Vivid Seats will receive roughly $769 million in the deal and be valued at approximately $2.06 billion. Eldrige, which provided $155 million of initial funding, will also invest in any common stock redeemed by Horizon shareholders, a right typically granted to SPAC investors who do not favor an acquisition. In addition, institutional investors will commit to a private placement of $225 million in common shares.
Vivid Seats will use the acquisition proceeds to pay down debt by $677 million, leaving $108 million of debt (net of cash) on its books, according to a Horizon investor presentation. The company said in a press release it will invest in “growth and improvement customer experiences.”
While some SPAC acquisitions involve developing technologies such as batteries or nascent industries like legal marijuana, Vivid Seats has healthy margins, a history of profitability, and the likelihood it will capitalize on an economic rebound and reboot of the concerts business. But Horizon entered the picture while the pandemic effectively put the live events business on hold and dropped Vivid Seats gross order value -- the value of all tickets sold, not just the fees Vivid Seats earned -- by 94% in $2.28 billion to $347 million in 2020 compared to 2019. In turn, net revenue fell by 75.6% from $471 million to $115 million and adjusted EBITDA (earnings before interest, taxes, depreciation and amortization) dropped from $128 million to $5 million. Vivid Seats weathered the storm by making necessary cutbacks, reducing general and administrative costs by 50% from June through December and maintaining a positive EBITDA. The company’s value took a hit, however, and Vivid Seats took a $578.5 impairment expense in 2020.
A SPAC is an empty company, often called a blank check company, that raises money through an IPO on a public stock exchange with the express purpose of acquiring a private company. Companies increasingly favor the SPAC process because it avoids the public scrutiny and expenses related to a traditional IPO. SPACs reached a fever pitch earlier this month when Singapore app Grab announced it will list on the Nasdaq stock exchange through a SPAC at a $40 billion valuation. Everyone from A-list investors such as Pershing Square, which raised $4 billion in July 2020, to celebrity athletes such as former baseball player Alex Rodriguez have been involved with SPACs in the last year.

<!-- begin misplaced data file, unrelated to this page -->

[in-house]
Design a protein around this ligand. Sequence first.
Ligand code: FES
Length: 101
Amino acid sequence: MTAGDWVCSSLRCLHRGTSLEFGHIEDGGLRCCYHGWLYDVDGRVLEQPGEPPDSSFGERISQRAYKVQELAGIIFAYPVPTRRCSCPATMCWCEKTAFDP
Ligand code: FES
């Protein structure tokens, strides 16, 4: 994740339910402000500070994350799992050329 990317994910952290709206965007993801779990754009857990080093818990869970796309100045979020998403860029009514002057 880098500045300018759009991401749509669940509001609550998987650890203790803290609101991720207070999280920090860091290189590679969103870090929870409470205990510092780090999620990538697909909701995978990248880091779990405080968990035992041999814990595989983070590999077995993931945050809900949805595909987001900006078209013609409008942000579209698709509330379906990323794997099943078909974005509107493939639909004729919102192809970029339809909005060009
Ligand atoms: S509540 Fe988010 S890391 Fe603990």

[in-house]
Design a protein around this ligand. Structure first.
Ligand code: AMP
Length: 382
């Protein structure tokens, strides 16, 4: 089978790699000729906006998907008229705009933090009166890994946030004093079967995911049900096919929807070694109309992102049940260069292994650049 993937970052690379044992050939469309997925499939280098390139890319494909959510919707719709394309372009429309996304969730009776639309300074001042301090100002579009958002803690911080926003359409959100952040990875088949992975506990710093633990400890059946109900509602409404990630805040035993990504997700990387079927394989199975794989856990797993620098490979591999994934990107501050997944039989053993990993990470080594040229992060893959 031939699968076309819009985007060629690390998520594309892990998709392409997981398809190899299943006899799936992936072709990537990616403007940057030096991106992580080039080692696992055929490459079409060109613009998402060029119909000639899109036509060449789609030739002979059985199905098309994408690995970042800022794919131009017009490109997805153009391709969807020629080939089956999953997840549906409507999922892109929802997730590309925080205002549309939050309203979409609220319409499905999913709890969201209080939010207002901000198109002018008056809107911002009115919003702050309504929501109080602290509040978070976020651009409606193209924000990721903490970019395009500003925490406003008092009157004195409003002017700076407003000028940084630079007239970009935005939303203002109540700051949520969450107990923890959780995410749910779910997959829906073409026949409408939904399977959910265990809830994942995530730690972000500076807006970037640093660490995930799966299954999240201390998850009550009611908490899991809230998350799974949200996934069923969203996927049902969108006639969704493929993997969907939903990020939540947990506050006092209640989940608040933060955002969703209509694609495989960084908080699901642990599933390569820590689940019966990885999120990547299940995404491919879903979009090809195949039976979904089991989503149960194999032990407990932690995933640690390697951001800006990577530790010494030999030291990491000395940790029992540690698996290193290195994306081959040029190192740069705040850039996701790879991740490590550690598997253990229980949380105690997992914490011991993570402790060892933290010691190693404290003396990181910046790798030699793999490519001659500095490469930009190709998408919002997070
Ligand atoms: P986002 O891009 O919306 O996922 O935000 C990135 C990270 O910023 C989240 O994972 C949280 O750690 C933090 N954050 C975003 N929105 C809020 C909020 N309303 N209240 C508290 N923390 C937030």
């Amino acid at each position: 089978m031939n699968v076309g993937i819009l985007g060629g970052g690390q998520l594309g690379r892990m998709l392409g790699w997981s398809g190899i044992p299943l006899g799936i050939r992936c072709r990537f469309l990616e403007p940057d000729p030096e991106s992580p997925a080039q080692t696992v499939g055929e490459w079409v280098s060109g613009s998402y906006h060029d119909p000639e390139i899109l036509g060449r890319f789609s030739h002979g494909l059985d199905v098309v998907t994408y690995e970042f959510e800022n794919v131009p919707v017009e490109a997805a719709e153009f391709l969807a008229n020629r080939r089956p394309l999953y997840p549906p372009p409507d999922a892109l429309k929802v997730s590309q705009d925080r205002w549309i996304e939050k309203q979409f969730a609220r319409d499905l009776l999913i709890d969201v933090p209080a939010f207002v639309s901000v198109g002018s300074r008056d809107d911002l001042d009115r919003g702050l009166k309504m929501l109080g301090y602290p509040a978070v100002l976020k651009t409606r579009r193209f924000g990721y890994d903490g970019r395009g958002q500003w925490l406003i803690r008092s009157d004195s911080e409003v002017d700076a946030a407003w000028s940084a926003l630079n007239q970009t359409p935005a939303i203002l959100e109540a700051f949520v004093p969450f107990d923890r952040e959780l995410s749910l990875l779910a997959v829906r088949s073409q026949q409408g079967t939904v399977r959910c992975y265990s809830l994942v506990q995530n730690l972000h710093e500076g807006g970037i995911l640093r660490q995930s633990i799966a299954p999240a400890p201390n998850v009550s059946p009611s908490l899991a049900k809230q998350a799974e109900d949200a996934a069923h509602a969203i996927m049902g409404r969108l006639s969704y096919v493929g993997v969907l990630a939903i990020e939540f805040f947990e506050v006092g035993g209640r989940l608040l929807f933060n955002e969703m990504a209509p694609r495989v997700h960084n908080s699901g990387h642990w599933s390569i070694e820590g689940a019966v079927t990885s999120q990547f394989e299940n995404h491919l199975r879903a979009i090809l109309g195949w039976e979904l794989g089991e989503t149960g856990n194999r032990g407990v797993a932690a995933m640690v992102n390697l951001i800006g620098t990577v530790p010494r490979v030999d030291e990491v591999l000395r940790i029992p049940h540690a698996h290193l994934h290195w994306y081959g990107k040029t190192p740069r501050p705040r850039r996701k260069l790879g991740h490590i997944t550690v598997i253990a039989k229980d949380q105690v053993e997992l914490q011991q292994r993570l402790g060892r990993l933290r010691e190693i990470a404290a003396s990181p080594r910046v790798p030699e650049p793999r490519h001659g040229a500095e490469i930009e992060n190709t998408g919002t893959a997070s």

Out of 944 SPACs tracked by SPAC Analytics, a database of SPAC activity and IPOs, 427 SPACs that have raised a total of $138.7 billion are seeking acquisition; 254 SPAC IPOs that raised $63.6 billion are waiting to be completed; 130 acquisitions have been announced from SPACs with $31.7 billion in funding; and 90 SPACs liquidated -- they did not close a deal within the time limit, usually 24 months -- and returned investors’ money.
Vivid Seats expects that ticket sales will quickly return to normal by the end of 2021. According to company estimates, 15 to 20 artists plan to tour in 2021 that will sell over 500,000 tickets to Live Nation events in 2021, and about 45 of these artists will hit the road in 2022. (From 2017 to 2019, on average, there were 25 of these top-tier artist tours, according to the presentation.) With vaccinations on the rise in the U.S., tours are being booked again and thus far ticket on-sales have impressed: Bad Bunny set a blistering pace by selling 480,000 tickets to his El Último Tour del Mundo 2022 in less than one week in early April -- the fastest-selling tour since 2018.
Music has received little interest from SPACs that tend to focus on high-growth technology companies. To date, only Music Acquisition Corporation, a SPAC co-founded by former Geffen Records president Neil Jacobson that raised $230 million in February, is specifically focused on acquiring a music company.
Another potential music investor is Liberty Media Acquisition Corporation, the SPAC founded by Liberty Media, the majority owner of SiriusXM Radio and minority investor in Live Nation. LAMC, which raised $575 million in a January 2021 IPO on the Nasdaq exchange, is likely to acquire a company in the media, entertainment, communications, telecommunications or technology sector -- Liberty head John Malone’s sweet spot -- although it has not yet had “any substantive discussions” with potential targets, according to the LMAC website.